It amended its penal code in April 2006 to criminalize trafficking crimes in compliance with UN Trafficking Protocol standards.

It ratified the South Asian regional convention on Preventing and Combating Trafficking in Women and Children for Prostitution.

It signed a Memorandums of Understanding on workers rights with Qatar in January and with the UAE in July 2007.

The Foreign Employment Bureau has been working to strengthen the contracts of workers going abroad and to improve training workers receive before they go.

The Government also co-hosted with the International Organization for Migration a Trafficking in Persons conference in December that brought together officials from across the Government, as well as concerned NGOs to raise awareness of the issue within the Government.

It opened in July a shelter in Kalutara for female victims of violence, including women abused during overseas employment.

Before Sri Lanka can make significant progress in identifying those responsible and holding them accountable for trafficking practices, it must have a clearer understanding of how and where these practices are taking place, and the number of victims affected. A better trained network of law enforcement professionals will also establish legal grounds under which instigators of trafficking can be identified and prosecuted under the law.

In support of this cause, the U.S. State Department and U.S. Agency for International Development introduced a $500,000 program last October that will help train Government of Sri Lanka officials to pursue criminal investigations and prosecutions of trafficking offenses more aggressively.

Implemented by our long-time partner, the International Organization on Migration, the program is training 500 law enforcement and government officials on human trafficking, improving methods of data collection and dissemination to track trafficking cases, and enhancing coordination among government and nongovernmental organizations.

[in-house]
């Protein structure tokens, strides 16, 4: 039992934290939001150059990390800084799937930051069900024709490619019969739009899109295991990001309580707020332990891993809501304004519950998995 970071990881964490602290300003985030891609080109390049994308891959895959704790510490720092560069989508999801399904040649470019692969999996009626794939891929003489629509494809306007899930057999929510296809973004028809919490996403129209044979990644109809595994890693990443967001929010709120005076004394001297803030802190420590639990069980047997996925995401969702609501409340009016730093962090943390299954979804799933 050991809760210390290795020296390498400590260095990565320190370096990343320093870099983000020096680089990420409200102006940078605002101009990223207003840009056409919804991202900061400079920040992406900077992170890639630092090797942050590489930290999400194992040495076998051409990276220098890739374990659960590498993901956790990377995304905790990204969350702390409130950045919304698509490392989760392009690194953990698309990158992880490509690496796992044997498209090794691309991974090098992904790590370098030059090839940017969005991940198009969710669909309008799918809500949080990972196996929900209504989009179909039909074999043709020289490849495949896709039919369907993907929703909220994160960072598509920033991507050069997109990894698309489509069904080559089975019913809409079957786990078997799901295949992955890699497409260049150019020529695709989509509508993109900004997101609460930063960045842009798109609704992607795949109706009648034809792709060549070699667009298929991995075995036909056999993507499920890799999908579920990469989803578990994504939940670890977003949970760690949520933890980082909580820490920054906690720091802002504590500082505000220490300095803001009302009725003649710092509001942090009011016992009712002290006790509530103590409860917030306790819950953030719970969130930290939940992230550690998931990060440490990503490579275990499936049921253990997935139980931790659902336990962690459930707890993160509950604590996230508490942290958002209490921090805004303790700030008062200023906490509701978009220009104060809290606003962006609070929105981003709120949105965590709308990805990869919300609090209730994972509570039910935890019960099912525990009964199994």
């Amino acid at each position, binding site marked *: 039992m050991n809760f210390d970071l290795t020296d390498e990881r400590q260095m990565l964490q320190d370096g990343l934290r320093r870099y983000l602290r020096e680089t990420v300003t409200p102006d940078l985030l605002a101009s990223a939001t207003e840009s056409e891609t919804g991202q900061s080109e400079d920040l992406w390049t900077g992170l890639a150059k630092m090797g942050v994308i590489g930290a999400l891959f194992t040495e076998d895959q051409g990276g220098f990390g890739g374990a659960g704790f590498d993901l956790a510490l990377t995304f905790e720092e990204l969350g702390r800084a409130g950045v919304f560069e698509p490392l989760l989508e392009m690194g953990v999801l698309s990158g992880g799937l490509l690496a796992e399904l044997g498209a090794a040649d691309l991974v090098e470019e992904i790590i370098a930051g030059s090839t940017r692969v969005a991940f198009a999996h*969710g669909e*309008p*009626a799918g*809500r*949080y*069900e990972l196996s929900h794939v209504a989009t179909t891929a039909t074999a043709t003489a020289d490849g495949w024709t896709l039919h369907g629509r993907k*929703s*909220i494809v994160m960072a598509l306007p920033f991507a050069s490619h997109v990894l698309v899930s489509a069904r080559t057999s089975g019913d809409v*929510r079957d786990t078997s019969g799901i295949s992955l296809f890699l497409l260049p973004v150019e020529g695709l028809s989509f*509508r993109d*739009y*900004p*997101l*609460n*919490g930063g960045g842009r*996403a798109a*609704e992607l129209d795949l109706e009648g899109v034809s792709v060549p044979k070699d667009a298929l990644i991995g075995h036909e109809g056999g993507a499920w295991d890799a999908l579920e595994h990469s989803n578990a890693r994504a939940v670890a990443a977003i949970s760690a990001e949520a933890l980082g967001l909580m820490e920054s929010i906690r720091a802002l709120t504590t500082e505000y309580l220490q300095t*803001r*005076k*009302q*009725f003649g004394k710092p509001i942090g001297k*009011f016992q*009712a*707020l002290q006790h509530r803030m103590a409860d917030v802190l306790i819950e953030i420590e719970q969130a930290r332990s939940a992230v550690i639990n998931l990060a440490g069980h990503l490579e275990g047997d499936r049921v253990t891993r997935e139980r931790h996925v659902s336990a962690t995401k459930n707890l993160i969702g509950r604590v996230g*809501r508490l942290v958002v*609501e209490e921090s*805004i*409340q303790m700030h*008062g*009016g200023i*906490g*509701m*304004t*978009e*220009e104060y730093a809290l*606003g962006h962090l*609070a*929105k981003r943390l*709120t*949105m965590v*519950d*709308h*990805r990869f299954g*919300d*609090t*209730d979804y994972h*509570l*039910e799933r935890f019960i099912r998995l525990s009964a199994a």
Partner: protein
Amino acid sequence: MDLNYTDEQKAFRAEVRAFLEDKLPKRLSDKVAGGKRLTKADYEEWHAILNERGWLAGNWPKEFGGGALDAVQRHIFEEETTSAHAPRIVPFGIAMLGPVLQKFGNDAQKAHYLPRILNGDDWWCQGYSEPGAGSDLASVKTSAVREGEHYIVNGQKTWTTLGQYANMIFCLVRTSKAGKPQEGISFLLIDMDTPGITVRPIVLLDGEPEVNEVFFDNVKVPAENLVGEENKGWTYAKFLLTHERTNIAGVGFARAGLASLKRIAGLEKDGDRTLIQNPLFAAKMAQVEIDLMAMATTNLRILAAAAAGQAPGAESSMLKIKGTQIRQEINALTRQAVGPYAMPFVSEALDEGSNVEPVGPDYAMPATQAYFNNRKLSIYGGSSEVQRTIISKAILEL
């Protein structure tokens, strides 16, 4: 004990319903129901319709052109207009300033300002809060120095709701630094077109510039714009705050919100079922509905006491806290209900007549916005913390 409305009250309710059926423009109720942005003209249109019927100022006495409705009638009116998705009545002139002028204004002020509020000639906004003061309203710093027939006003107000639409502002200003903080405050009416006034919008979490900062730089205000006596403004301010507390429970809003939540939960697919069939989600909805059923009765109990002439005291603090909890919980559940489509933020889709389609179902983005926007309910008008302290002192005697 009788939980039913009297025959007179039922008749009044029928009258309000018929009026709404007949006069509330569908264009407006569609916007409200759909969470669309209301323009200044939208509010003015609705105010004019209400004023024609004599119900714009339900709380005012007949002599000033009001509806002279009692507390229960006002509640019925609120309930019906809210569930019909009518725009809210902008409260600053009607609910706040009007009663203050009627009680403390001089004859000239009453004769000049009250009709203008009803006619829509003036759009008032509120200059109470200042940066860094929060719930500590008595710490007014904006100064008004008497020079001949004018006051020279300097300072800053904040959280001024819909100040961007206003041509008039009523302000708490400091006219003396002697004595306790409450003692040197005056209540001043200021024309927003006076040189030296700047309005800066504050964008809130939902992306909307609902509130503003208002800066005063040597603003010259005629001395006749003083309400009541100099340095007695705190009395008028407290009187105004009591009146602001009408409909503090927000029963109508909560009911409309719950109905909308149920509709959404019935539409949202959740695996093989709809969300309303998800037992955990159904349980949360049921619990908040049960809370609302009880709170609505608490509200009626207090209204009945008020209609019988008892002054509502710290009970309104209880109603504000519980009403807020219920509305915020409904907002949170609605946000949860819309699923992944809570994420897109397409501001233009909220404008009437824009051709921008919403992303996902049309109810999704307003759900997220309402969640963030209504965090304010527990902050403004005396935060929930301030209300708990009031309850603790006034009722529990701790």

In addition, the program will train more than 50 trainers, who will continue to build police capacity to combat trafficking long after these programs are finished. It will also establish a database to help prevent and identify trafficking incidences and assist the government and other interested agencies in focusing their efforts on where the need is greatest.

I applaud and encourage the continued hard work of so many groups present here today. The National Child Protection Authority, Department of Probation and Child Care, Child and Women Desks of Sri Lanka Police Department, and Department of Labor all work to protect the rights of women and children in Sri Lanka. Numerous local and international non-governmental organizations collaborate with the government to inform civil society about human trafficking and rehabilitate its victims. Private industry programs, such as Garments Without Guilt, are working to create cruelty-free working conditions across the country.

Still, significant needs exist, including increasing overall awareness of the issue and implementation of the existing laws. We hope the Government of Sri Lanka will continue to make training for its law enforcement officials a priority to identify trafficking as a crime, and that it will increase prosecutions of those found to be involved in the practice.

Through forums like today’s, we can develop collaboration among governmental organizations, private industry and NGOs to share experiences, establish joint work plans and develop a national policy to inform civil society about the seriousness of this terrible crime in Sri Lanka, train government at all levels to catch and prosecute perpetrators, and rehabilitate victims.

Together we can both combat human trafficking and reap the benefits of development and migration for the social and economic progress of Sri Lanka.

Thank you.

- Asian Tribune -